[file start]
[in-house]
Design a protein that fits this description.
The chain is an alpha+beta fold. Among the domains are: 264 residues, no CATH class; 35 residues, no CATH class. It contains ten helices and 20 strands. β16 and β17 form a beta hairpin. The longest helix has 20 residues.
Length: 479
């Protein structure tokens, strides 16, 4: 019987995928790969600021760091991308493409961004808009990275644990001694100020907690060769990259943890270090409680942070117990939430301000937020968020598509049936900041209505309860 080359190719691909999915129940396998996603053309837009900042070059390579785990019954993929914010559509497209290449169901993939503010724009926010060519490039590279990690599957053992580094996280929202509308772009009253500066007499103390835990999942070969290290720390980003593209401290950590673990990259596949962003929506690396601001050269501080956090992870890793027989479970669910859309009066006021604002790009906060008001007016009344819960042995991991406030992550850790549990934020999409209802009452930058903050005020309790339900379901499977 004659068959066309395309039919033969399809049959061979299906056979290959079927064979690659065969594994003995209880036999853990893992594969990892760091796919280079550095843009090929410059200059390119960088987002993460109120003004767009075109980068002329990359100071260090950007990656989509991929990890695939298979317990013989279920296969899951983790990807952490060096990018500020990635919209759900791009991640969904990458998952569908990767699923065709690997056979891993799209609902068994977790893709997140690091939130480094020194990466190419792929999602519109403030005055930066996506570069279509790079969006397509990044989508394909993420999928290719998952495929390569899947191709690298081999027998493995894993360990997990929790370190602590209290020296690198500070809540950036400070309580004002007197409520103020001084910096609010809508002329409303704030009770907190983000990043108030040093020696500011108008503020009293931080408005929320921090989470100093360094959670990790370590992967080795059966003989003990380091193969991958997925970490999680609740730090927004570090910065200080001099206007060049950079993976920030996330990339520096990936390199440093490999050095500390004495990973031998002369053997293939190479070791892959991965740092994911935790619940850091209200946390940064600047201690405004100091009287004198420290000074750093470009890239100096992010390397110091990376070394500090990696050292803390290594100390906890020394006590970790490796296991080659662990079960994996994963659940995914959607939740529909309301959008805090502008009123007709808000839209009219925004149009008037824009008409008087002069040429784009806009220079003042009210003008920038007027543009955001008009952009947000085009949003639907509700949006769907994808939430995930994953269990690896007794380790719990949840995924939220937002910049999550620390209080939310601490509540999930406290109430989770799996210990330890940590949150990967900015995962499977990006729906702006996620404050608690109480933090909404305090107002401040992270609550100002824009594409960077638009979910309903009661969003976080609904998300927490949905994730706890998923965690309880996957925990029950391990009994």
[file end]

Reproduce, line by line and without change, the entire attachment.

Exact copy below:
[in-house]
Design a protein that fits this description.
The chain is an alpha+beta fold. Among the domains are: 264 residues, no CATH class; 35 residues, no CATH class. It contains ten helices and 20 strands. β16 and β17 form a beta hairpin. The longest helix has 20 residues.
Length: 479
């Protein structure tokens, strides 16, 4: 019987995928790969600021760091991308493409961004808009990275644990001694100020907690060769990259943890270090409680942070117990939430301000937020968020598509049936900041209505309860 080359190719691909999915129940396998996603053309837009900042070059390579785990019954993929914010559509497209290449169901993939503010724009926010060519490039590279990690599957053992580094996280929202509308772009009253500066007499103390835990999942070969290290720390980003593209401290950590673990990259596949962003929506690396601001050269501080956090992870890793027989479970669910859309009066006021604002790009906060008001007016009344819960042995991991406030992550850790549990934020999409209802009452930058903050005020309790339900379901499977 004659068959066309395309039919033969399809049959061979299906056979290959079927064979690659065969594994003995209880036999853990893992594969990892760091796919280079550095843009090929410059200059390119960088987002993460109120003004767009075109980068002329990359100071260090950007990656989509991929990890695939298979317990013989279920296969899951983790990807952490060096990018500020990635919209759900791009991640969904990458998952569908990767699923065709690997056979891993799209609902068994977790893709997140690091939130480094020194990466190419792929999602519109403030005055930066996506570069279509790079969006397509990044989508394909993420999928290719998952495929390569899947191709690298081999027998493995894993360990997990929790370190602590209290020296690198500070809540950036400070309580004002007197409520103020001084910096609010809508002329409303704030009770907190983000990043108030040093020696500011108008503020009293931080408005929320921090989470100093360094959670990790370590992967080795059966003989003990380091193969991958997925970490999680609740730090927004570090910065200080001099206007060049950079993976920030996330990339520096990936390199440093490999050095500390004495990973031998002369053997293939190479070791892959991965740092994911935790619940850091209200946390940064600047201690405004100091009287004198420290000074750093470009890239100096992010390397110091990376070394500090990696050292803390290594100390906890020394006590970790490796296991080659662990079960994996994963659940995914959607939740529909309301959008805090502008009123007709808000839209009219925004149009008037824009008409008087002069040429784009806009220079003042009210003008920038007027543009955001008009952009947000085009949003639907509700949006769907994808939430995930994953269990690896007794380790719990949840995924939220937002910049999550620390209080939310601490509540999930406290109430989770799996210990330890940590949150990967900015995962499977990006729906702006996620404050608690109480933090909404305090107002401040992270609550100002824009594409960077638009979910309903009661969003976080609904998300927490949905994730706890998923965690309880996957925990029950391990009994």